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Port of Los Angeles slammed with cargo as companies rush to get imports in ahead of tariffs

Key Points
  • At the nation's busiest container port complex in Southern California, retailers have been front-loading goods ahead of a new round of tariffs.
  • Take those Black Friday doorbuster TVs, for example. Between August 15th and 26th, almost 260,000 TVs were imported from China through the ports of Los Angeles and Long Beach, according to Steven Ferreira, CEO of Ocean Audit.
  • All the ship traffic hoping to beat the tariffs is leading to record volumes at the Port of Los Angeles. As a result, containers are starting to stack up, potentially creating the same congestion headaches the port went through a year ago during the first round of tariffs.
Container trucks arrive at the Port of Long Beach on August 23, 2019 in Long Beach, California.
Frederic J. Brown | AFP | Getty Images

The ships are coming in and the cargo is piling up. At the nation's busiest container port complex in Southern California, retailers have been front-loading goods ahead of a new round of tariffs.

Take those Black Friday doorbuster TVs, for example. Between August 15th and 26th, almost 260,000 TVs were imported from China through the ports of Los Angeles and Long Beach, according to Steven Ferreira, CEO of Ocean Audit. He says that "unusual container surge" was a month ahead of schedule. Even though the president decided to delay tariffs on TVs until December, he made that decision only after retailers put in their orders and the ships were at sea.

But plenty of other products will be slapped with 15% tariffs starting Sunday. The list goes well past 100 pages and includes clothing, contact lenses and even "live camels."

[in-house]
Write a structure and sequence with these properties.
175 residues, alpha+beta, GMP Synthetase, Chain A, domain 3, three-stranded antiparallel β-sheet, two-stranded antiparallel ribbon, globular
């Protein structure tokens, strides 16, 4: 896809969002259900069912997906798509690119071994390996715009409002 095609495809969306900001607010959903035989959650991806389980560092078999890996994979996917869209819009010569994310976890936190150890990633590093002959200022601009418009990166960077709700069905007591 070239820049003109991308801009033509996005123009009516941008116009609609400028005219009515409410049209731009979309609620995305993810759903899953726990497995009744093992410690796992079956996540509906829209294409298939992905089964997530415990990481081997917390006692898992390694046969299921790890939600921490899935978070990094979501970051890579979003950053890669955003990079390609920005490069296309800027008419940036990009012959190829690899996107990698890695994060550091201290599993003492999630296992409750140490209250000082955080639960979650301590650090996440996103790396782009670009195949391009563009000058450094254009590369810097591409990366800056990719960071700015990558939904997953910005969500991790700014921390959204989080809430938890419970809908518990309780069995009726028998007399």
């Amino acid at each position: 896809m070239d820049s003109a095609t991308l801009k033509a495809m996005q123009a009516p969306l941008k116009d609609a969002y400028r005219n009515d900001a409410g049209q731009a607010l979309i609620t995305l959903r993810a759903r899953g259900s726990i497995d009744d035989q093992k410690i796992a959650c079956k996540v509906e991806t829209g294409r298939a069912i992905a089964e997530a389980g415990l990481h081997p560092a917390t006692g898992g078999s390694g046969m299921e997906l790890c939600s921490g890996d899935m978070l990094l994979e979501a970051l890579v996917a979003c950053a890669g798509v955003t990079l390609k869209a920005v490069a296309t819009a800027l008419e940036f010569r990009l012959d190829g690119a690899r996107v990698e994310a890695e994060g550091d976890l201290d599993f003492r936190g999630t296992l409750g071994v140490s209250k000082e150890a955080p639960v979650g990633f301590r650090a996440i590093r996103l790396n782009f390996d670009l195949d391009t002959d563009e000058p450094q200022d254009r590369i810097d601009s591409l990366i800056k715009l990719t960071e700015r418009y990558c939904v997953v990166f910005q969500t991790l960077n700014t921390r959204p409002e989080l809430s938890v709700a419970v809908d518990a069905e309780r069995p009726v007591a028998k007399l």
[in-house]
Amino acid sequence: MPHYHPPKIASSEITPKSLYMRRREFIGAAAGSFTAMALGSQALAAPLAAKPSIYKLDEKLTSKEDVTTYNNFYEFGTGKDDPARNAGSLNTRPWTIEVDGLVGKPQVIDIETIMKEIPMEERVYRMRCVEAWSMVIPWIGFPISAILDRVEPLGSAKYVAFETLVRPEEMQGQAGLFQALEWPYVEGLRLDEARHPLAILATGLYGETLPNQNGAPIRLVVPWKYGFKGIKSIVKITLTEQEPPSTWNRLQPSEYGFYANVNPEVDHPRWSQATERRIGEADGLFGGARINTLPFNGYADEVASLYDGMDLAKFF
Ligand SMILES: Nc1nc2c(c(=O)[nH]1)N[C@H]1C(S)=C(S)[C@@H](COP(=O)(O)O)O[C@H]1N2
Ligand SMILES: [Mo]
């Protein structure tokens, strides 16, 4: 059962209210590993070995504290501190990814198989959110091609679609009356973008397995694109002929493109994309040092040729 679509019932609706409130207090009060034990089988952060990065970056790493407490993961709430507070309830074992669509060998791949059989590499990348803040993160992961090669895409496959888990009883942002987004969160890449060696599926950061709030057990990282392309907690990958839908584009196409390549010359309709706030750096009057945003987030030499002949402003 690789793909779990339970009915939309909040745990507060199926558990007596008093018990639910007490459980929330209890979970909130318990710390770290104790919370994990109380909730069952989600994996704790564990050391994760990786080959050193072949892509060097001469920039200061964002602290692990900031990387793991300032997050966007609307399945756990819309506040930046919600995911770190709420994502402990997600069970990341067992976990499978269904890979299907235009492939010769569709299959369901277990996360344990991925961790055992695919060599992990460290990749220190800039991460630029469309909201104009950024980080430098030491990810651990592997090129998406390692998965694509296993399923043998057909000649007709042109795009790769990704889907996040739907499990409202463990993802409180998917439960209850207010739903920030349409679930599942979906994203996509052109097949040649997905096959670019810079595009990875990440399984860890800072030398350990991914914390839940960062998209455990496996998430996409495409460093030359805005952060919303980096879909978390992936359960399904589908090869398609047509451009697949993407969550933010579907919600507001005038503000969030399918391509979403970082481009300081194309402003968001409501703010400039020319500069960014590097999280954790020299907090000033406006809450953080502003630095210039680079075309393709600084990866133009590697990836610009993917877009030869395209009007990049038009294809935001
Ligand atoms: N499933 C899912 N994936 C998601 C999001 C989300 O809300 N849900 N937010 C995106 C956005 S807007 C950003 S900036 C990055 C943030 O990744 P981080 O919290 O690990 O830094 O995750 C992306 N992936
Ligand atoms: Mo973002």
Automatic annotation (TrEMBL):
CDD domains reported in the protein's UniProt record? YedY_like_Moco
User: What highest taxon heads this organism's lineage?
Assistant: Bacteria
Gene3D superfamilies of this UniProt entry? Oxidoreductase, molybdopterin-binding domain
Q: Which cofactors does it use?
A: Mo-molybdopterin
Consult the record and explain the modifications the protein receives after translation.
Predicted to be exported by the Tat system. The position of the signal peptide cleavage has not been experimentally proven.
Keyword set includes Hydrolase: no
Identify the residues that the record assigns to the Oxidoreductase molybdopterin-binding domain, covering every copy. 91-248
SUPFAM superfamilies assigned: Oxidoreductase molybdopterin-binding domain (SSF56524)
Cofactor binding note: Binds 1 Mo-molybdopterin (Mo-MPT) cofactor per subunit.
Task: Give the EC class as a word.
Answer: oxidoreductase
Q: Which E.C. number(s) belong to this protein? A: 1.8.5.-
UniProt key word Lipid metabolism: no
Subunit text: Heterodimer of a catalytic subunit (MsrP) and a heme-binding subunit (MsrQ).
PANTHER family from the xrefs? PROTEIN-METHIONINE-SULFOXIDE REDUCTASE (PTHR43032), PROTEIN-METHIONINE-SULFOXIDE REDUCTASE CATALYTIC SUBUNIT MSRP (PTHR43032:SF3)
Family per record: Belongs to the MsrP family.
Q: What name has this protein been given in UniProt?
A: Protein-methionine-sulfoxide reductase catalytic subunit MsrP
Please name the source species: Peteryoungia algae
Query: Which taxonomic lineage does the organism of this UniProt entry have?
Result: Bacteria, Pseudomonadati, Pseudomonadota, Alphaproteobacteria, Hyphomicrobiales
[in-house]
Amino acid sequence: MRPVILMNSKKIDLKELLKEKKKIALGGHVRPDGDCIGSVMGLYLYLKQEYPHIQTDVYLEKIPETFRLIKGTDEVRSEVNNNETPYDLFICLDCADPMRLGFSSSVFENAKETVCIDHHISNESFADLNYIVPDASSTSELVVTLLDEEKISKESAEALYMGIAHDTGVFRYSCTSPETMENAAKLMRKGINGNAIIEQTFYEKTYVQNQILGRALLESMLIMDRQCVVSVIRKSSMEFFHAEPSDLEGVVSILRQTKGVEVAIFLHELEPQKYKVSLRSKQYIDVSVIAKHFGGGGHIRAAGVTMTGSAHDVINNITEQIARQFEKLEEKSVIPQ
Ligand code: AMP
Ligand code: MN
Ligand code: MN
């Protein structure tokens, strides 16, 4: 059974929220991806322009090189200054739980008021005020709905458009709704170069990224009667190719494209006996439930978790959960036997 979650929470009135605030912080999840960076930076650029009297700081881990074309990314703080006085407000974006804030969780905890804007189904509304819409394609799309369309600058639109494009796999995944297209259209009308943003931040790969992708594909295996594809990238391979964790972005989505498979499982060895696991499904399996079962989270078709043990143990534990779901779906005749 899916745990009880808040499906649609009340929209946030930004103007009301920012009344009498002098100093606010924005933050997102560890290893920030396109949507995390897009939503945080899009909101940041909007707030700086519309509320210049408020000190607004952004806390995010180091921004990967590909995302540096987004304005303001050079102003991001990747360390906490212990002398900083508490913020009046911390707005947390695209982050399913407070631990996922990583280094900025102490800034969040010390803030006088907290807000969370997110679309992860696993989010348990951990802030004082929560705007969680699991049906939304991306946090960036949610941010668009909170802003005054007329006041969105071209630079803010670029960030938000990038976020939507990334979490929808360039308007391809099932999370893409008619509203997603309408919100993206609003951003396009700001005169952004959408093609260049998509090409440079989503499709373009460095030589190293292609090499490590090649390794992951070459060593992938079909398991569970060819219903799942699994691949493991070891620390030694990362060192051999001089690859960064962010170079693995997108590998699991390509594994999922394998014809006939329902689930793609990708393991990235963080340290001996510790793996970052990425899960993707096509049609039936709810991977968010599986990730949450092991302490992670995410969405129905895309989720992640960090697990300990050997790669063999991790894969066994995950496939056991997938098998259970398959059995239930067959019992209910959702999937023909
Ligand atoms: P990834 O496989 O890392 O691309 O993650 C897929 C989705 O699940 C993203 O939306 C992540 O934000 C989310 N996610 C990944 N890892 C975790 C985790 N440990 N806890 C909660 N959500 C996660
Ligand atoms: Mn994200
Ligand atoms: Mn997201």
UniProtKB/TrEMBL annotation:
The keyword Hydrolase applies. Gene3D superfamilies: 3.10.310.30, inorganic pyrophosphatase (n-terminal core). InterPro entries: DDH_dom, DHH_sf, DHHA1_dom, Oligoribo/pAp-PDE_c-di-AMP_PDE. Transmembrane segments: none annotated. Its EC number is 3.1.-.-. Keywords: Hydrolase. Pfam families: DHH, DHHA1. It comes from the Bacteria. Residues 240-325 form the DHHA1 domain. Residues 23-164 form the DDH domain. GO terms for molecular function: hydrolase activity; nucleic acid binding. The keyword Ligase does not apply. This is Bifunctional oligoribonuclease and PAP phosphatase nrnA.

"Beginning September 1, 98% of all China goods that are imported here to the Port of Los Angeles will be affected by tariffs," says Gene Seroka, the port's executive director. "That's approximately $164 billion worth of product that will be impacted."

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Retailers importing products ahead of tariffs

Trade between the U.S. and China is already down significantly. During the first six months of this year, exports from the U.S. to China fell 18% from the year ago period to $55 billion. Imports of Chinese goods to the U.S. fell 12% to $235 billion.

However, American firms have not been idle. Though exports to China are down double digits, Seroka says they are up double digits to other Asian countries like Malaysia, South Korea, Singapore, Japan and Vietnam. The result of that shift? "Right now, exports from the United States are up marginally," he says.

All the ship traffic hoping to beat the tariffs is leading to record volumes at the Port of Los Angeles. As a result, containers are starting to stack up, potentially creating the same congestion headaches the port went through a year ago during the first round of tariffs. Commercial real estate services firm Cushman & Wakefield reports vacancy rates at local warehouses storing holiday goods are down to 1.7%, less than half the national rate. Soon there may be no space left, leaving containers stuck at the port.

Seroka says the outlook for 2020 is uncertain, as retailers wait to see if tariffs on a variety of consumer products leads to sticker shock and a pullback in spending. "We're not hearing folks say, 'I'm going to go invest in those five or 10 trucks," he says. "The companies are being very pensive at this point in time, waiting to see if there would be clarity for the future."

But for now, the goods keep coming in, and the expectation is that at least some of them will keep coming in, tariffs or no. The fastest growing segment of container traffic at the port are so-called "empties," containers that arrive full of imports but leave empty to go back to China to pick up more goods (it costs the shipper or the import/export company $250 per empty). The number of "empties" is up 21%.

"With a relatively strong US economy," Seroka says, "you and I are still buying goods at the store, we need to keep those containers moving."

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Key Points
  • President Donald Trump argues "badly run and weak companies" are blaming his tariffs on China for difficulties they face.
  • Trump has been putting blame on the Federal Reserve, rather than his trade war with the world's second-largest economy, as concerns grow about a looming recession.